In their first Climate Café, Rosenstiel School of Marine and Atmospheric Science faculty members and students detailed some of the effects of climate change in 2020.
One of the cultural changes ushered in by the COVID-19 pandemic—working remotely rather than commuting to an office in traffic—has the potential to help Americans curb their carbon footprints during an important moment in the climate crisis, said Ben Kirtman, professor of atmospheric sciences at the University of Miami Rosenstiel School of Marine and Atmospheric Science.
In the first six months of 2020, the economic shutdown of COVID-19 prompted carbon dioxide emissions from surface transportation and aviation to be cut by about half, Kirtman said, which translated to an 8 percent decrease in America’s overall carbon emissions. Although the concentration of carbon dioxide in the earth’s atmosphere is still high, because there is a lag for the gas to exit the atmosphere, Kirtman was encouraged by the data.
“That’s pretty impressive,” Kirtman remarked. “It gives you a sense that we could, if we came together and had some coherent policies worldwide about how to handle emissions, make significant reductions.”
Kirtman made these comments during a virtual discussion Wednesday about “Climate Science in the Age of COVID.” It was the first of three Climate Café webinars hosted by the Rosenstiel School of Marine and Atmospheric Science to spread awareness of the school’s research on climate change.
As part of the discussion, Amy Clement, a professor of atmospheric sciences who also focuses her research on climate change, explained to the more than 150 participants that the University hopes to share its research, so that it can help shape environmental policy.
“Our goal is to inform you about the many different aspects of climate science that are happening here at the Rosenstiel School and how our research activities can be used to inform policy,” she said.
Second year Ph.D. student Sisam Shrestha, provided an overview of some of the most harmful extreme weather events this year. She highlighted the Australian bushfires, which just ended in May. They destroyed a fifth of the nation’s forests, created the highest wildfire plume ever captured on satellite images, and caused unprecedented damage to the atmosphere, Shrestha pointed out.
In addition, the Siberian heat wave, which stretched through the first half of 2020, prompted temperatures to rise above 100 degrees in the Russian town of Verkhoyansk.
“These are the highest temperatures recorded inside the Arctic Circle to date,” she added.
Shrestha also spoke about the Saharan dust outbreak that traveled across the Atlantic Ocean from Africa and arrived in Florida recently. It managed to make it all the way to New Orleans and Texas, which was the longest distance seen. It was also the thickest and largest dust outbreak on record.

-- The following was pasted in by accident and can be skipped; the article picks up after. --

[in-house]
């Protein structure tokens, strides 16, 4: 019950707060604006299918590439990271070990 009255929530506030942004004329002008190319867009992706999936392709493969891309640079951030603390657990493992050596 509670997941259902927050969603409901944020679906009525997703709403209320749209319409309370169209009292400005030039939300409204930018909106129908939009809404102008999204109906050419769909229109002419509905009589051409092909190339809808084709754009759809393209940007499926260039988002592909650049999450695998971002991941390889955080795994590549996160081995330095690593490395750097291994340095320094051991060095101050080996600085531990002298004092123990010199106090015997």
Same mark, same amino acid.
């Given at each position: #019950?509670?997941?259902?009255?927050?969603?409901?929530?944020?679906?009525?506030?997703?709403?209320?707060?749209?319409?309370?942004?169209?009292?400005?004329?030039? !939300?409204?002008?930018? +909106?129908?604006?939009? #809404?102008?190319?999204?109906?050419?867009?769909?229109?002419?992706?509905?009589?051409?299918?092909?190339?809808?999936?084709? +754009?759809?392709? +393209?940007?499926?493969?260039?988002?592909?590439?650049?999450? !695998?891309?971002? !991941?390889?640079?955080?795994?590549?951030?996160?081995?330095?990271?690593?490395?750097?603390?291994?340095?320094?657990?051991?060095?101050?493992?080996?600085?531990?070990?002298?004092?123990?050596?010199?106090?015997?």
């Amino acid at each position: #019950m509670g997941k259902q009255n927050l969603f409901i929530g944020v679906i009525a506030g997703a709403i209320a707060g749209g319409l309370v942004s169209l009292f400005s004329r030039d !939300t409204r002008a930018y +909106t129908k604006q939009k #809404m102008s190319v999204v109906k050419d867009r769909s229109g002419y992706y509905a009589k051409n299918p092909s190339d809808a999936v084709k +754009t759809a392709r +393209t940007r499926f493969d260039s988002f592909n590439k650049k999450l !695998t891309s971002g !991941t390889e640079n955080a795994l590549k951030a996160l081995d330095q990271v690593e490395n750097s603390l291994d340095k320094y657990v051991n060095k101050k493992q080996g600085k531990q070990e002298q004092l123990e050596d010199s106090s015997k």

Locally, she cited some 2020 Miami record numbers collected by Brian McNoldy, a senior research associate at the Rosenstiel School. According to Shrestha, the first third of the year was the hottest on record. In addition, Miami also saw its wettest May and hottest July this year.
As part of the discussion, doctoral student Marybeth Arcodia summarized the research of students working under Kirtman, Clement, and Brian Soden, a professor of atmospheric sciences. The studies help understand and predict more accurately future climate fluctuations, extreme weather—such as hurricanes—and precipitation patterns.
Kirtman, who works to create models forecasting the effects of climate change, such as sea level rise, said the University’s new partnership with the National Oceanic and Atmospheric Administration on the Cooperative Institute for Marine and Atmospheric Studies is already allowing them to get more refined data. For example, a few weeks before Hurricane Isaias formed, their models predicted a disturbance. They were able to deploy data collection “drifter” in the Caribbean before the storm arrived.
Regardless, the challenge of anticipating the exact ways that climate change will affect our environment is massive. Therefore, participants asked what they can do to stem the acceleration of global warming.
Clement urged participants to get involved in their local communities to ensure that government is preparing for the inevitable impacts of climate change, and mentioned that she serves as chair of the City of Miami’s Climate Resilience Committee, but that local organizations like Miami Waterkeeper, the CLEO Institute, and Catalyst are also very productive. She also indicated that consuming less meat could counteract carbon emissions as well as choosing to drive a low-carbon-emissions car.
Kirtman agreed, adding how essential it is that the world safeguards its rainforests and that people plant trees, which work to offset the harmful effects of carbon emissions by producing oxygen.
“We have these enormous biological sinks of greenhouse gases and these are the rainforests around the world,” he said. “We need to do everything we can to protect those.’’
The next, one-hour Climate Café is scheduled for Thursday, Aug. 20 at 11:30 a.m. It focuses on “Building Climate Resilience for Florida’s Reefs and Coastlines.” Register for the session here. The final Climate Café—“Economic and Societal Impacts of a Changing Climate’’—is slated for Sept. 2 at 12 p.m. Register here to attend that seminar.
Rosenstiel School of Marine and Atmospheric Science
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